Antibiotics were miracle drugs in the 1930s 40s and 50s. After Scottish researcher Sir Alexander Fleming accidentally discovered penicillin in 1928, he was quoted as saying, “One sometimes finds what one is not looking for. When I woke up just after dawn on Sept. 28, 1928, I certainly didn’t plan to revolutionize all medicine by discovering the world’s first antibiotic, or bacteria killer. But I guess that was exactly what I did.” Previously life-threatening diseases became treatable and many new drugs were developed between 1950 and 1970, making this the “golden era” of antibiotics.
Unfortunately, Alexander Fleming’s warning that “overuse may cause mutant bacteria” also started to come true around this time, and, as antibiotics were used more and more both in humans and in animals, even antibiotics developed to treat resistant strains became ineffective. Coupled with the fact that drug companies may not be as focused on developing short-term medicines than those needed for life, new drug development slowed substantially, coming almost to a halt in 2010.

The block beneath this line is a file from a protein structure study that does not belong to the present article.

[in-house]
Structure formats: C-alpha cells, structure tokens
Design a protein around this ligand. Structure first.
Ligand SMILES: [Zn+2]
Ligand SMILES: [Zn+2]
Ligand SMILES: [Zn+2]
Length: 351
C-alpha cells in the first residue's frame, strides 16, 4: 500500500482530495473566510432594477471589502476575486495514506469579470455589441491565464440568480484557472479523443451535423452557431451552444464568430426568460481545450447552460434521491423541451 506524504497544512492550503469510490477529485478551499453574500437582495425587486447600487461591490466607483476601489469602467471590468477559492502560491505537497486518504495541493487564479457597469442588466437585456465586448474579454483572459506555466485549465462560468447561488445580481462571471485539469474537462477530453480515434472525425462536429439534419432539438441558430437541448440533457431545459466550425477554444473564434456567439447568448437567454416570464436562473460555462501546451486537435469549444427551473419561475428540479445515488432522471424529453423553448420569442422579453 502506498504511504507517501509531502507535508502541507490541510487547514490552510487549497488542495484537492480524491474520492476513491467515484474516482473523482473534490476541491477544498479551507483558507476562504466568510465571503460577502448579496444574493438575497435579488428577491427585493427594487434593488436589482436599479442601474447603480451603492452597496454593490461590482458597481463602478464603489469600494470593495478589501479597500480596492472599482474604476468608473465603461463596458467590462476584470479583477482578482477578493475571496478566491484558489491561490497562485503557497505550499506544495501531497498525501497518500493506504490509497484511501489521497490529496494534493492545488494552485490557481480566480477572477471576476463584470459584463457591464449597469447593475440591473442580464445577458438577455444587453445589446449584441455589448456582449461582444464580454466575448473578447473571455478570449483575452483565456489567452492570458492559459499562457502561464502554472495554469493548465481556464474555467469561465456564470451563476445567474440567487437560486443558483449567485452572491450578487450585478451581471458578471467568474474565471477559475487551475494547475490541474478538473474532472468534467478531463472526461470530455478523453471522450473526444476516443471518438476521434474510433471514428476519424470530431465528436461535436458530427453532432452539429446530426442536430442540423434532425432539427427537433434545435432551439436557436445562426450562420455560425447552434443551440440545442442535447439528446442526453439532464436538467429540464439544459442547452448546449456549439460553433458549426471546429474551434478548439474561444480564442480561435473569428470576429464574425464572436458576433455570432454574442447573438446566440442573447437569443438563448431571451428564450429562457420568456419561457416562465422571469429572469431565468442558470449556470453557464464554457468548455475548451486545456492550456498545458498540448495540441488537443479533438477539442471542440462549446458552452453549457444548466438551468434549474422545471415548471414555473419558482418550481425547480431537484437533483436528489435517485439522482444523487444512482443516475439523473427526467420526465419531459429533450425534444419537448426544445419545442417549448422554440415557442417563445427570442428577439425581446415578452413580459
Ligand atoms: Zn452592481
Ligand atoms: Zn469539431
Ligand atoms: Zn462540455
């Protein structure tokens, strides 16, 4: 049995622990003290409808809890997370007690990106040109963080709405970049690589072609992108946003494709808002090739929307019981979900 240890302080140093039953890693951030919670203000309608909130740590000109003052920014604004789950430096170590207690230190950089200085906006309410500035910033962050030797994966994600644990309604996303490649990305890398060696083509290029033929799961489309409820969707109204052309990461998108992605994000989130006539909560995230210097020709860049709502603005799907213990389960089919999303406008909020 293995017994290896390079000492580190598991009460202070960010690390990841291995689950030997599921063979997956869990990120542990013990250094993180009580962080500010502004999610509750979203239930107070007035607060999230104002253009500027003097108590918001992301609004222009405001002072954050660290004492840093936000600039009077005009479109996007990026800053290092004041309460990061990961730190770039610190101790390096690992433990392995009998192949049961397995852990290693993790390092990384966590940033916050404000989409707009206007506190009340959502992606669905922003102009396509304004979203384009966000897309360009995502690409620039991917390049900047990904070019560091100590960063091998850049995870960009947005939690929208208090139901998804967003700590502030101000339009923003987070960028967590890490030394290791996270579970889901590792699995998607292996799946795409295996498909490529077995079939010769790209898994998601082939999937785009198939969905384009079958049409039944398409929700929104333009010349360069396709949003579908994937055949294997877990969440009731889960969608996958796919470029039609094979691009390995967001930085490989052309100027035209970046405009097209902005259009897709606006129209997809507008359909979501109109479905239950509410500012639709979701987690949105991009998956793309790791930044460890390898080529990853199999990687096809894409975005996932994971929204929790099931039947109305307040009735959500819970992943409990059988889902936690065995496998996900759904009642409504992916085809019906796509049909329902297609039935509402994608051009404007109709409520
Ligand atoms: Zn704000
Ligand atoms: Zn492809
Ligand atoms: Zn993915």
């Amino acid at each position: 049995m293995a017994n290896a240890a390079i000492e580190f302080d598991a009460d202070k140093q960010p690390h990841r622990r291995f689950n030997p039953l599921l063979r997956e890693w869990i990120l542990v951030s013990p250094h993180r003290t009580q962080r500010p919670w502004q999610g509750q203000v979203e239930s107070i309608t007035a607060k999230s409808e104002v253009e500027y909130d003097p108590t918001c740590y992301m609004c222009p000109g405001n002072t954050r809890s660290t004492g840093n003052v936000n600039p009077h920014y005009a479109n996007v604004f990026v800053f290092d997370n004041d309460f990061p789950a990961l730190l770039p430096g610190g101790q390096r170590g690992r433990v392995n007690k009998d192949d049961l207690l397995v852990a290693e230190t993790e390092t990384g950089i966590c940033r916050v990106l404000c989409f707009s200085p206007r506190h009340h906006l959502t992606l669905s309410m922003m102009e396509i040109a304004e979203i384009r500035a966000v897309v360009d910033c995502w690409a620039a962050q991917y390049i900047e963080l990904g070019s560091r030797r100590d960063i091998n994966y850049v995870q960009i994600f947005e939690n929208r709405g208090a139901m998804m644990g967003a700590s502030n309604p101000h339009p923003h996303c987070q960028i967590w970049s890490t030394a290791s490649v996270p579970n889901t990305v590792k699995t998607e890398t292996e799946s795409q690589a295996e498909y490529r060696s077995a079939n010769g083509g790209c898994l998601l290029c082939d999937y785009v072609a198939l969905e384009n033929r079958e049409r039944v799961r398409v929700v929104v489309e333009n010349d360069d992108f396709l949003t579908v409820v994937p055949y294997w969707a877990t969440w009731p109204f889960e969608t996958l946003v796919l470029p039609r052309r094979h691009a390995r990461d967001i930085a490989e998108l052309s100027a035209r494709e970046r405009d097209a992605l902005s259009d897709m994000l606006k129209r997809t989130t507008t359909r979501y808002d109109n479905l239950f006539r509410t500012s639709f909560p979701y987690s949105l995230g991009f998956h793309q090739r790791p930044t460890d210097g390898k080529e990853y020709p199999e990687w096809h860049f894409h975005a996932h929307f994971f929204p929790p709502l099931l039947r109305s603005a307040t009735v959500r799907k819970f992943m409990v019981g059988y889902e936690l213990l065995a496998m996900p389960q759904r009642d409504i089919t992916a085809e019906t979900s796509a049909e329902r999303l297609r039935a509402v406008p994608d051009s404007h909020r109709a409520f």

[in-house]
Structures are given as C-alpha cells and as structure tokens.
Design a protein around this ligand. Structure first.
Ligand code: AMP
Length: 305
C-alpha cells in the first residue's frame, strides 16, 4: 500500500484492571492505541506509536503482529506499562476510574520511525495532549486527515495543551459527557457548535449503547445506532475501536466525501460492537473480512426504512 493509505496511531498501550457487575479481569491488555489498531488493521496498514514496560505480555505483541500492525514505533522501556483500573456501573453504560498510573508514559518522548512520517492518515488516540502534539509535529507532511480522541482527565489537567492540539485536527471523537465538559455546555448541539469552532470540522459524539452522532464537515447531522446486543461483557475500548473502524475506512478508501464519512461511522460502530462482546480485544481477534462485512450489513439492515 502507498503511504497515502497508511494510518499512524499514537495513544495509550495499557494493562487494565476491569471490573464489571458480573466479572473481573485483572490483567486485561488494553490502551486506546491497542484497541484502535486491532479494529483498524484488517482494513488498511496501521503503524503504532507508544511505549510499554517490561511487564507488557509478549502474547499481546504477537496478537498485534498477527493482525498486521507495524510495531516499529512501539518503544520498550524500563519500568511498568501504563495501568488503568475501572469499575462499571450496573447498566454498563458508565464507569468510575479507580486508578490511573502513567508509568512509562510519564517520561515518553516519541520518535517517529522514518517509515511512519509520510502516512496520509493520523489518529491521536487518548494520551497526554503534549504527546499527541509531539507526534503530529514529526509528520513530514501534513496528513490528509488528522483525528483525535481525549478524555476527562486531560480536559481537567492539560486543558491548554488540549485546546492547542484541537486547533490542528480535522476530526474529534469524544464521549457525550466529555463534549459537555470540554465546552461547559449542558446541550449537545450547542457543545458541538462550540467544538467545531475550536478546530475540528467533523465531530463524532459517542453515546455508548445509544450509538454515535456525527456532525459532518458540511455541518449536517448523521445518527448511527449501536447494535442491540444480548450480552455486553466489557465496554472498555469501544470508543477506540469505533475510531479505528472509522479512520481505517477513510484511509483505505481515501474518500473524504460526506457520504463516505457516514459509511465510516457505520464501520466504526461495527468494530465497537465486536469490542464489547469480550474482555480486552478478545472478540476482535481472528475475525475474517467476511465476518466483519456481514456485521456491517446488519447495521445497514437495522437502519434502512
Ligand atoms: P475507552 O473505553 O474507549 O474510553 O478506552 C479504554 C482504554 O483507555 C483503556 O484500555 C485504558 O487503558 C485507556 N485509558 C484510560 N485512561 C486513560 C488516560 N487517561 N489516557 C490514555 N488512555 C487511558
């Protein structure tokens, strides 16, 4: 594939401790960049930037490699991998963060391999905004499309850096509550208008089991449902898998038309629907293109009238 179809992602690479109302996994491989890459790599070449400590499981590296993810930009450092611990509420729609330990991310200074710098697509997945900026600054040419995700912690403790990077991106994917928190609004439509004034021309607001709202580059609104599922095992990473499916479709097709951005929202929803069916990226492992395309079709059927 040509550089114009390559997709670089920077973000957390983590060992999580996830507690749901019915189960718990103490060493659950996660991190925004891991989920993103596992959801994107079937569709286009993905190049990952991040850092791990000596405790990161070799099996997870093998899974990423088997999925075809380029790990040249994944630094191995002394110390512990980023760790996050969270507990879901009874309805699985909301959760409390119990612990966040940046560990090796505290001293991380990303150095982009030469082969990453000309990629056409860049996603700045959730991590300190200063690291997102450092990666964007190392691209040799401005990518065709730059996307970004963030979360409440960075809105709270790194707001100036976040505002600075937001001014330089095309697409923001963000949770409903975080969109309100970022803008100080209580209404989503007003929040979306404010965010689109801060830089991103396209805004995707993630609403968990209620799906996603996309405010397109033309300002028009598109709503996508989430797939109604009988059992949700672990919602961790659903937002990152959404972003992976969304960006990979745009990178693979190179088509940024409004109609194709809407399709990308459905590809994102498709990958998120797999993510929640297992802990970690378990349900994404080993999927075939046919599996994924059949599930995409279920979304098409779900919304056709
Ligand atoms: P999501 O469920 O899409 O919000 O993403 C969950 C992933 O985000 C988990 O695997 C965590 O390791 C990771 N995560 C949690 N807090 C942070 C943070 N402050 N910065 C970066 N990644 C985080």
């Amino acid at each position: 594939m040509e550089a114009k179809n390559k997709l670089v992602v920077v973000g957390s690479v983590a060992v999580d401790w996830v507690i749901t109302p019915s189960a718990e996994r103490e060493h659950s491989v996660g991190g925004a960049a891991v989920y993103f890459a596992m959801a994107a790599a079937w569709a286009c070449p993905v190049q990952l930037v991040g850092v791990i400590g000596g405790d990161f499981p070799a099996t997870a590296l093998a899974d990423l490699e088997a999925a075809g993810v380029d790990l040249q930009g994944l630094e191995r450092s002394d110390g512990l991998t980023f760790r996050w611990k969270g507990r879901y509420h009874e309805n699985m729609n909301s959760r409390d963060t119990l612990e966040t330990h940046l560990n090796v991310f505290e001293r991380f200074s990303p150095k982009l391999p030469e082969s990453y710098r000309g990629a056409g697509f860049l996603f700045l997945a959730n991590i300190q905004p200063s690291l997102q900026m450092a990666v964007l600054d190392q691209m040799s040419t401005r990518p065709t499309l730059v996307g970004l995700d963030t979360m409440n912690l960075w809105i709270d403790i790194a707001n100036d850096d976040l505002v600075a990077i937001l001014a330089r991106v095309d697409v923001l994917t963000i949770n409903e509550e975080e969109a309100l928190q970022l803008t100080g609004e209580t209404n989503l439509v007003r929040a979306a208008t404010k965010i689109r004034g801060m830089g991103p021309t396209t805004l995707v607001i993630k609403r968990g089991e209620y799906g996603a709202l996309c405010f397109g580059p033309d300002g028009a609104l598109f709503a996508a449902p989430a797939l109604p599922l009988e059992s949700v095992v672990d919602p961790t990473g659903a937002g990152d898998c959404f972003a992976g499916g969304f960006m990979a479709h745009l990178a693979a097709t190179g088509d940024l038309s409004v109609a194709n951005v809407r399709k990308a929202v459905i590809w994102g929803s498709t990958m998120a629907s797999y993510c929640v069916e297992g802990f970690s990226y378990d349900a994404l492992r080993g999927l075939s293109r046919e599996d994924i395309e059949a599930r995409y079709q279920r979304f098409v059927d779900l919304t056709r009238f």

So, what does this mean for us? Will stories about antibiotic resistance become more typical, like one from a HealthInsight staff member who has shared about a very scary time a few years ago when she had an infection that was resistant to all oral antibiotics? This infection required two rounds of intravenous antibiotics and spurred the fear that they may not work. Are stories like the woman in Reno, Nevada, who died in early 2017 of a resistant infection that no U.S. antibiotic could treat going to be more commonplace? I truly hope not. I sincerely believe that the global effort around preserving antibiotics and reducing resistance will succeed. A national action plan was initiated in 2015 in response to an executive order from President Obama. This action plan includes goals to accelerate the development of new drugs and diagnostic tests as well as to increase surveillance of infections and work together with International partners to slow resistance.